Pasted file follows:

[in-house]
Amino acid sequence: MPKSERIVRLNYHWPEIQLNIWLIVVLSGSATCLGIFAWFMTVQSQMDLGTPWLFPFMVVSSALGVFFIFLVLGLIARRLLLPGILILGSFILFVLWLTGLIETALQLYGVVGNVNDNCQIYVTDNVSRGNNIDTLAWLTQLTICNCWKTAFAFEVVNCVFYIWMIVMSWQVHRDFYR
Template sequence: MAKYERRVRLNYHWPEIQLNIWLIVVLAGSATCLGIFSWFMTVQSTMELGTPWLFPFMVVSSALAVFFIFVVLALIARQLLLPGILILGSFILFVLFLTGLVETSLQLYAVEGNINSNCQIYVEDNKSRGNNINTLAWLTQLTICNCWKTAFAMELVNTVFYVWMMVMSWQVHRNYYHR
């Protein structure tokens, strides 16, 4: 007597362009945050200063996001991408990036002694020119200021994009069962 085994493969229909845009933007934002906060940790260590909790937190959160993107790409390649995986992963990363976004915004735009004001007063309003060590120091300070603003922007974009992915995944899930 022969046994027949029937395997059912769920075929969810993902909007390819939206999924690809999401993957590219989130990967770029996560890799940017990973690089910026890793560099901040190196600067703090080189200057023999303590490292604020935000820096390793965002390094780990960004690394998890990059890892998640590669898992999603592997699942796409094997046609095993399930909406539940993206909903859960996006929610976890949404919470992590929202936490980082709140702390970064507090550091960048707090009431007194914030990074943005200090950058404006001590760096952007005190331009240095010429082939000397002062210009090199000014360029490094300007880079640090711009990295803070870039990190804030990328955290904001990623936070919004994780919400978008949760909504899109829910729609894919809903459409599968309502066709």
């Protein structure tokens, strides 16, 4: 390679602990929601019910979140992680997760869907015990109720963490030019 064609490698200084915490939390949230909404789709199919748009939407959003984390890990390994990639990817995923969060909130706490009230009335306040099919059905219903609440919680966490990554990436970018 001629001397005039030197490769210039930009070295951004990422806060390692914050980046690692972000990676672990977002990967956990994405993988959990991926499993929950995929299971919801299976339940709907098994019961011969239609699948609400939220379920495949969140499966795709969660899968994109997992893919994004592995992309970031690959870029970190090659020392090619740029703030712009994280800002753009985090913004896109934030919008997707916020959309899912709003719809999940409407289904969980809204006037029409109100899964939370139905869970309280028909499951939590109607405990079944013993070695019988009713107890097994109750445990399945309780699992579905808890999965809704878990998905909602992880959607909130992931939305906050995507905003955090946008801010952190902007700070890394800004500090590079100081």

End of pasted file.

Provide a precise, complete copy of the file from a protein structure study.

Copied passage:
[in-house]
Amino acid sequence: MPKSERIVRLNYHWPEIQLNIWLIVVLSGSATCLGIFAWFMTVQSQMDLGTPWLFPFMVVSSALGVFFIFLVLGLIARRLLLPGILILGSFILFVLWLTGLIETALQLYGVVGNVNDNCQIYVTDNVSRGNNIDTLAWLTQLTICNCWKTAFAFEVVNCVFYIWMIVMSWQVHRDFYR
Template sequence: MAKYERRVRLNYHWPEIQLNIWLIVVLAGSATCLGIFSWFMTVQSTMELGTPWLFPFMVVSSALAVFFIFVVLALIARQLLLPGILILGSFILFVLFLTGLVETSLQLYAVEGNINSNCQIYVEDNKSRGNNINTLAWLTQLTICNCWKTAFAMELVNTVFYVWMMVMSWQVHRNYYHR
């Protein structure tokens, strides 16, 4: 007597362009945050200063996001991408990036002694020119200021994009069962 085994493969229909845009933007934002906060940790260590909790937190959160993107790409390649995986992963990363976004915004735009004001007063309003060590120091300070603003922007974009992915995944899930 022969046994027949029937395997059912769920075929969810993902909007390819939206999924690809999401993957590219989130990967770029996560890799940017990973690089910026890793560099901040190196600067703090080189200057023999303590490292604020935000820096390793965002390094780990960004690394998890990059890892998640590669898992999603592997699942796409094997046609095993399930909406539940993206909903859960996006929610976890949404919470992590929202936490980082709140702390970064507090550091960048707090009431007194914030990074943005200090950058404006001590760096952007005190331009240095010429082939000397002062210009090199000014360029490094300007880079640090711009990295803070870039990190804030990328955290904001990623936070919004994780919400978008949760909504899109829910729609894919809903459409599968309502066709």
């Protein structure tokens, strides 16, 4: 390679602990929601019910979140992680997760869907015990109720963490030019 064609490698200084915490939390949230909404789709199919748009939407959003984390890990390994990639990817995923969060909130706490009230009335306040099919059905219903609440919680966490990554990436970018 001629001397005039030197490769210039930009070295951004990422806060390692914050980046690692972000990676672990977002990967956990994405993988959990991926499993929950995929299971919801299976339940709907098994019961011969239609699948609400939220379920495949969140499966795709969660899968994109997992893919994004592995992309970031690959870029970190090659020392090619740029703030712009994280800002753009985090913004896109934030919008997707916020959309899912709003719809999940409407289904969980809204006037029409109100899964939370139905869970309280028909499951939590109607405990079944013993070695019988009713107890097994109750445990399945309780699992579905808890999965809704878990998905909602992880959607909130992931939305906050995507905003955090946008801010952190902007700070890394800004500090590079100081």